[AstroPy] Proliferating py-astro-libs

Victoria G. Laidler laidler at stsci.edu
Mon Jun 13 16:51:07 EDT 2011


Thomas Robitaille wrote:
> I agree with the idea of a workshop! (but with few talks, and discussing/deciding/planning/coding would be the majority). 
As far as talks go, I can imagine the following two sessions of 
Lightning Talks (informal, 5 min talks) would be very useful:
- Session 1: How I used community code to do my project: how I found it, 
things that worked well, things that were hard
- Session 2: Why I decided to roll my own instead of using code I knew 
was out there: what I tried, what didn't work, what might have convinced 
me to use the existing code

cheers,
Vicki

> I think face to face would be much better than teleconference. I also like the idea of a dedicated workshop, not a splinter.
>
> I suggest that those of us interested in a small workshop see what would be possible in our own institutions. I think in the end we should keep this focused on the development (rather than a general python in astronomy conference). Keeping it small will also make it easier to organize and manage.
>
> Cheers,
> Tom
>
>
> On Monday, June 13, 2011 at 1:43 PM, James Turner wrote:
>   
>> Maybe we should hold an AstroPy conference, where we can discuss
>> co-ordination, get to know each other better and even sit down and
>> work on libraries together (like at SciPy). That might help generate
>> a bit of momentum. Some of us have had meetings before that were
>> full of ideas that didn't go anywhere, but I don't think it has to
>> be that way if active people on the ground are talking to one another
>> rather than having institutions present their plans and try to
>> negotiate at a high level.
>>
>>
>> On 13/06/11 13:25, James Turner wrote:
>>     
>>> It seems that several of us would really like to improve
>>> collaboration on Python libraries but have been struggling to pull
>>> it off. I've raised the same issue on this list in past months, but my
>>> focus has unavoidably been on other things and since I'm wary of
>>> shouting a lot without contributing much, I haven't really been able
>>> to keep the discussion alive...
>>>
>>> I tend to agree with Mark and Stefan about the question of leadership.
>>> Perry & co. at Space Telescope deserve recognition for getting us this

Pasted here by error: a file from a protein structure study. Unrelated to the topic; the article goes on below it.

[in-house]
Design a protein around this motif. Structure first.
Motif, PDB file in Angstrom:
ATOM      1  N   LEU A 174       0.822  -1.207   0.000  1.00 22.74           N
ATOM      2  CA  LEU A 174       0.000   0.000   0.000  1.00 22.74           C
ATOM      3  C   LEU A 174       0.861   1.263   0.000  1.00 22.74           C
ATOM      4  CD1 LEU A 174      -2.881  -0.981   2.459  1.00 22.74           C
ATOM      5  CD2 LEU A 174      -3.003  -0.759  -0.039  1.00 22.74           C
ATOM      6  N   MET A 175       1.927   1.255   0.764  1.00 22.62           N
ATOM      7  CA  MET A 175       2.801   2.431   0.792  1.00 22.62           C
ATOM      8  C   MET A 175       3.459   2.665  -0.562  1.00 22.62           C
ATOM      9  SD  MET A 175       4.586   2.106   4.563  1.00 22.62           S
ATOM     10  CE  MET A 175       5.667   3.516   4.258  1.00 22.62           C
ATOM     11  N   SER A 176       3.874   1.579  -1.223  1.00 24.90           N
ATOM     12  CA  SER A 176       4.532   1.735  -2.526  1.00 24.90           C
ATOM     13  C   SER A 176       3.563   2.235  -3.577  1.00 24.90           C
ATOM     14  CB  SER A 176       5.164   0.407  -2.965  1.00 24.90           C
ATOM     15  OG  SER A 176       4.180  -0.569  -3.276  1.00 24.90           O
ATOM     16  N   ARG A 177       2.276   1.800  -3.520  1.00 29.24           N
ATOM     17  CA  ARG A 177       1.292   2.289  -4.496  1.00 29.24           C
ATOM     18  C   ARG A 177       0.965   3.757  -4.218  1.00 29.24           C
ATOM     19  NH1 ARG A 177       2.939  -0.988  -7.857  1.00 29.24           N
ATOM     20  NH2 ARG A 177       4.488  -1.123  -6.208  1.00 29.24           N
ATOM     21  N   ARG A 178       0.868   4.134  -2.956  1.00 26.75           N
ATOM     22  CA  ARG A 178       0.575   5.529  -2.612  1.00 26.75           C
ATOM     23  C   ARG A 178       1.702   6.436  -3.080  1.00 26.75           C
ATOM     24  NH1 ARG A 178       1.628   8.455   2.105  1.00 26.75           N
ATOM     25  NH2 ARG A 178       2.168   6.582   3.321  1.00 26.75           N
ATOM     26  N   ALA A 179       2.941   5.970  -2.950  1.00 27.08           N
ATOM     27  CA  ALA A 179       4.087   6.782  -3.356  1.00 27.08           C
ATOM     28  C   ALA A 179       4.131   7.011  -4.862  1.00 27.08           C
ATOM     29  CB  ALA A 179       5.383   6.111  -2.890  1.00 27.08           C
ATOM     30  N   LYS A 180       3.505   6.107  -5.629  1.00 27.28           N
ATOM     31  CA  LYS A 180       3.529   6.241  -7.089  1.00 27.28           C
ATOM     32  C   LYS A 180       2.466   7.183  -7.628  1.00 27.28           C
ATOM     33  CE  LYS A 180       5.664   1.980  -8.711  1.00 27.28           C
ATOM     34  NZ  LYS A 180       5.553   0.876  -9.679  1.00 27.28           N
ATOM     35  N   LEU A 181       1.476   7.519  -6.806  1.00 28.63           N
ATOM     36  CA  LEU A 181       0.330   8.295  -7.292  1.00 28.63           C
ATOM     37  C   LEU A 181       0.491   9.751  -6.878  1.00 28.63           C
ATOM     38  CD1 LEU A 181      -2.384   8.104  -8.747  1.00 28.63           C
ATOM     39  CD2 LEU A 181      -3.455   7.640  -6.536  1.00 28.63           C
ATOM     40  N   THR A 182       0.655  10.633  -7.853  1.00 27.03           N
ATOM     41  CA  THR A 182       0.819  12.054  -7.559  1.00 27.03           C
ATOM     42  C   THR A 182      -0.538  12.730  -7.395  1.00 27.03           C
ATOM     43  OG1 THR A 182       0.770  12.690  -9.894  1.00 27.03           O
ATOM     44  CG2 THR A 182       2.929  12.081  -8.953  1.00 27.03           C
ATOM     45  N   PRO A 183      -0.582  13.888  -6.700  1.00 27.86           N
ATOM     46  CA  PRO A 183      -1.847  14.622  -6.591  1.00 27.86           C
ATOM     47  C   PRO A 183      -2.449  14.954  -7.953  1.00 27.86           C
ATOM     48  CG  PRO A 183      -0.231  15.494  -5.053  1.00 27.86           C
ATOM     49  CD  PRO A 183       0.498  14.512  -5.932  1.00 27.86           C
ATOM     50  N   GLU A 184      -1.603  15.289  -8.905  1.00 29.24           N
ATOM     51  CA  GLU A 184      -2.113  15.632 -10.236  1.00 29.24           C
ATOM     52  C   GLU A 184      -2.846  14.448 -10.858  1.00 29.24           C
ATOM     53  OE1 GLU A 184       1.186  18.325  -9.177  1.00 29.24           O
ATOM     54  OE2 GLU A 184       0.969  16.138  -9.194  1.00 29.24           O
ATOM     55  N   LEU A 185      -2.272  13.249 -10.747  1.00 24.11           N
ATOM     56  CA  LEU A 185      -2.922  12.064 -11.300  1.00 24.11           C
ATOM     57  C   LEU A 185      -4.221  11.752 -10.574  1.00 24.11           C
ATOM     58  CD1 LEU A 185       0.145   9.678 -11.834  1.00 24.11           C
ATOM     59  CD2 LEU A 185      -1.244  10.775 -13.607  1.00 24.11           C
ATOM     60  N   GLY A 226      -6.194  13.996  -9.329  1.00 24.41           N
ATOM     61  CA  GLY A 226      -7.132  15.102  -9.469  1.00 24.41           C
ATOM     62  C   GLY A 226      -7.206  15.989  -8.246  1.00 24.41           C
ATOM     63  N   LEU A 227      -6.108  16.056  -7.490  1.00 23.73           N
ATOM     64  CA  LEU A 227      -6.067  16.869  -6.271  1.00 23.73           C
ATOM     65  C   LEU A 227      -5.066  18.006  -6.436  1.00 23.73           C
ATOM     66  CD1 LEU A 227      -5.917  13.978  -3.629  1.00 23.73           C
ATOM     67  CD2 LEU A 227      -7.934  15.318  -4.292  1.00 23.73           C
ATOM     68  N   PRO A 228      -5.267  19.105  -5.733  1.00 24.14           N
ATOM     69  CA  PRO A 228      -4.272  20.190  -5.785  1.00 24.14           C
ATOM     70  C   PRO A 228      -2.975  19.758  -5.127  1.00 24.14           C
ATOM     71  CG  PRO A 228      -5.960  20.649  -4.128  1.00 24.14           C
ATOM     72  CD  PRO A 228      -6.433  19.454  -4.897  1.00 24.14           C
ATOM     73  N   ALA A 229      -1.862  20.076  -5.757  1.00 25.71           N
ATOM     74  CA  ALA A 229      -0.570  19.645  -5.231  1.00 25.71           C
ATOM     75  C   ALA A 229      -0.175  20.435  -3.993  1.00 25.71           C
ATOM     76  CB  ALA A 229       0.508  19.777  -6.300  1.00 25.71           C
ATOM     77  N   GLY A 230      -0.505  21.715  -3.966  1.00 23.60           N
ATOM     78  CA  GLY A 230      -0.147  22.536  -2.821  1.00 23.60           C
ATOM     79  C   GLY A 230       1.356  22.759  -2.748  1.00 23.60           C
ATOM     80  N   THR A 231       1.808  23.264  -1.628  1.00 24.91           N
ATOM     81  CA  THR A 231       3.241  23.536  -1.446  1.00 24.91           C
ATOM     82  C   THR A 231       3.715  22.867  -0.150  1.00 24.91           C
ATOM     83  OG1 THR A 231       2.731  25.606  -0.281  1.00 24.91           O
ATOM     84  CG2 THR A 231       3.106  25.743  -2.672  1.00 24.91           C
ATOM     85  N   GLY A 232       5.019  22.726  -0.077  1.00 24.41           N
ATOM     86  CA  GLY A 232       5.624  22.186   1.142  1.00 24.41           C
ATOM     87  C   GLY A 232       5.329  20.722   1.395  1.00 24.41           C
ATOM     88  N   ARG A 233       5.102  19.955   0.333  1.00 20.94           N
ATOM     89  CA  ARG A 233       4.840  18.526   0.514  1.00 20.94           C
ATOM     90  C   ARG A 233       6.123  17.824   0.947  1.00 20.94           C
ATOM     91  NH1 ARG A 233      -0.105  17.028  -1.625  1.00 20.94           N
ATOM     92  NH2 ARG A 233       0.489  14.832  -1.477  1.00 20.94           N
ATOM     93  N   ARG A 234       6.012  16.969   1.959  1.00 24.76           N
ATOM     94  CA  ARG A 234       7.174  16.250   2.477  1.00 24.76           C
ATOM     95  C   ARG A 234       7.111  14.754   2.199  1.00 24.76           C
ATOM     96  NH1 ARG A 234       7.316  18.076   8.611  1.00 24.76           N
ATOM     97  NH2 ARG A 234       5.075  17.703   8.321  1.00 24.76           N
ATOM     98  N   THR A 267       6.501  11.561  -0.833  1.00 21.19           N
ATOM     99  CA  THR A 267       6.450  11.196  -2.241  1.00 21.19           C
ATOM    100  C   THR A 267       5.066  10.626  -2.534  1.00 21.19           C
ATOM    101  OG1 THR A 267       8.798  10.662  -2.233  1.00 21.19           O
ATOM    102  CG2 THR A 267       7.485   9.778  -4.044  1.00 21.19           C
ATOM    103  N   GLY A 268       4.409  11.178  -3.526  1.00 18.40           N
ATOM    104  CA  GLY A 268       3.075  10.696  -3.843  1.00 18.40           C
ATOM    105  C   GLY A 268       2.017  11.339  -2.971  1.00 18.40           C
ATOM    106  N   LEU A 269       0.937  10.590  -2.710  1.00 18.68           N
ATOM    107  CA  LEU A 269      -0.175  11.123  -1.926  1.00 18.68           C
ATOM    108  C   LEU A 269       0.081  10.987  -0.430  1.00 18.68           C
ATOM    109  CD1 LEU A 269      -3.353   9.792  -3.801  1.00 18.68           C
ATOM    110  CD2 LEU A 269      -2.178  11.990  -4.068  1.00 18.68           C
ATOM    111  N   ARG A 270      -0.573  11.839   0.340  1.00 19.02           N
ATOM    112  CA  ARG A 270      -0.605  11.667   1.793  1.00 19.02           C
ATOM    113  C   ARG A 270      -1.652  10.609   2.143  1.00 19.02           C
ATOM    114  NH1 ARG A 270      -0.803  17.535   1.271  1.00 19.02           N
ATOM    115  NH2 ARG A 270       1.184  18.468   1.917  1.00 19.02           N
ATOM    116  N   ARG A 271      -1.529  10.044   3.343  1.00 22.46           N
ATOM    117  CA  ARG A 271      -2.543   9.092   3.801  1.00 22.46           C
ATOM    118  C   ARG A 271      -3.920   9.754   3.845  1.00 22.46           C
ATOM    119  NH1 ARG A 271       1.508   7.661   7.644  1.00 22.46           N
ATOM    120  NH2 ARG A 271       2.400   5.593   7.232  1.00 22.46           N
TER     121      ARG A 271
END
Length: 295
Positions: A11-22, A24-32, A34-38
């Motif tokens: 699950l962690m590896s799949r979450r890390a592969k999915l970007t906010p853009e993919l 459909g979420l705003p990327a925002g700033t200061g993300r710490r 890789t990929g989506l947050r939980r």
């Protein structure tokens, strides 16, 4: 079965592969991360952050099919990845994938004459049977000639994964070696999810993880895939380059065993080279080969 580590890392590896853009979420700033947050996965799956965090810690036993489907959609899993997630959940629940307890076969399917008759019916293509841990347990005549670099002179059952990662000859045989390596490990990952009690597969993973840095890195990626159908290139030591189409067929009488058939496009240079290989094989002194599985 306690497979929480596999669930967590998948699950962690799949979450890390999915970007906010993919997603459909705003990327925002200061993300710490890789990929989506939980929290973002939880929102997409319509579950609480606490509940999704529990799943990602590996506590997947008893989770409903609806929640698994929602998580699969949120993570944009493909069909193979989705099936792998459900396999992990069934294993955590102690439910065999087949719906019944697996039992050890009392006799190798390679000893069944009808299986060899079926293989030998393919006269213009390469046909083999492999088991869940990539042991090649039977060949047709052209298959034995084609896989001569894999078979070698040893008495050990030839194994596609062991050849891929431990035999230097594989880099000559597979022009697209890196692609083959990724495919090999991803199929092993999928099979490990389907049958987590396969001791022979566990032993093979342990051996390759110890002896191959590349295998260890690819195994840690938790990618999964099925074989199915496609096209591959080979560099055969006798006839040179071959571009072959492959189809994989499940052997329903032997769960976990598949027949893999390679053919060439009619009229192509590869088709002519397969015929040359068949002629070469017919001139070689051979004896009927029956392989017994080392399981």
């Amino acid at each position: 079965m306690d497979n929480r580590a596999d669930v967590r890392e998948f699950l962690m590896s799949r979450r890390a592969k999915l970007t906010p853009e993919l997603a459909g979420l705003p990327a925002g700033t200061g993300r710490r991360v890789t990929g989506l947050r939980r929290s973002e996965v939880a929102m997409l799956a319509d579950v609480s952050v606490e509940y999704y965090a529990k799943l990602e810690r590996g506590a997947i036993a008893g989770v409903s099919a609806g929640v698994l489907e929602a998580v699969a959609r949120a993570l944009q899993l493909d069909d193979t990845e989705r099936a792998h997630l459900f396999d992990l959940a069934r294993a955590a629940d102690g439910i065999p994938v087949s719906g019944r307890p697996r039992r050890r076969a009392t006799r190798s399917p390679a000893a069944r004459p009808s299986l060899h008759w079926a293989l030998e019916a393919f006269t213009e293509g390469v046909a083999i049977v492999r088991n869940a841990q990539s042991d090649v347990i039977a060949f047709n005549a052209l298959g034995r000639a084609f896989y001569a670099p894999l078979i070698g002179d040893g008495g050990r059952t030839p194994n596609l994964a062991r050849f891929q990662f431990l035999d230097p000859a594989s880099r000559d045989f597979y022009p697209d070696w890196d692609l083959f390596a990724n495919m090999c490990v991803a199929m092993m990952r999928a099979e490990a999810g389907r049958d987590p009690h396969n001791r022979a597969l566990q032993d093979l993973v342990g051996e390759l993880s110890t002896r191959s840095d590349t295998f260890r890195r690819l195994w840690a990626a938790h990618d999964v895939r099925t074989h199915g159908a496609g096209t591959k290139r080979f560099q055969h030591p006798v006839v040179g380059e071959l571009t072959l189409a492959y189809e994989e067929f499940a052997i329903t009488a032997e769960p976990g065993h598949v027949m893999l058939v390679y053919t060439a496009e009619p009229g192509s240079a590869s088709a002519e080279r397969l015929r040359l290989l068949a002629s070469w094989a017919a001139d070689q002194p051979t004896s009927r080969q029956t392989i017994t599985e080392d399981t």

>>> far with things like PyFITS and PyRAF. Others have taken the initiative
>>> with things like astronomical plotting and documentation sprints. We're
>>> still lacking a bit of coherence though, which (as Mark suggests) is
>>> likely to involve one or a few dedicated, energetic, knowledgeable,
>>> hands-on developer(s) who can glue things together. Those people need
>>> to be employed by someone, though, to ensure stability & continuity
>>> (fortunately there's already a bit of that going on at STScI, eg. with
>>> Mike and Matplotlib). Personally, I have the motivation but have not
>>> had the time/independence (and might not be assertive enough).
>>> Apparently we do have several energetic authors in the community now
>>> (like Thomas & Eli), but each with their own project.
>>>
>>> A couple of years ago, a number of us at the observatories submitted a
>>> white paper to the Decadal Survey, pointing out the need for more
>>> co-ordinated funding so that we can have people who focus on cross-
>>> institutional platform development & support. The report from the
>>> committee did give a nod to our concerns and their importance, but
>>> stopped short of making any recommendation, which basically means "good
>>> luck with that". Meanwhile, at Gemini we have had our own problems to
>>> deal with, which make it very difficult for me to propose something
>>> internally beyond working with STScI on the distribution of
>>> dependencies that Perry mentioned. Perhaps someone obtaining a grant
>>> for this is not out of the question though.
>>>
>>> I would like it if we could get together organically behind Astrolib,
>>> but sometimes it's difficult to get people away from their immediate
>>> priorities to focus on that, even within my own institution. If we
>>> could get people dedicated to it, though, it could become indispensable
>>> enough to attract and co-ordinate more effort. I'm just not sure how we
>>> get started at this point and my personal options for tackling the
>>> problem seem limited given the overarching funding transition at Gemini
>>> and the intense focus on projects that are needed to make that work...
>>>
>>> Cheers,
>>>
>>> James.
>>>
>>>
>>> On 10/06/11 09:48, Perry Greenfield wrote:
>>>       
>>>> On Jun 9, 2011, at 11:12 PM, Thomas Robitaille wrote:
>>>>
>>>>         
>>>>> I just wanted to also add that (in agreement with Marshall) I'm all
>>>>> in favor of many small modules that accomplish a particular task
>>>>> well, rather than packages that aim for a 'do-it-all' approach and
>>>>> fall short. It's always possible to bundle small packages together
>>>>> afterwards, and I don't mean merge development, but instead just
>>>>> bundling the packages for installation (kind of like EPD). I think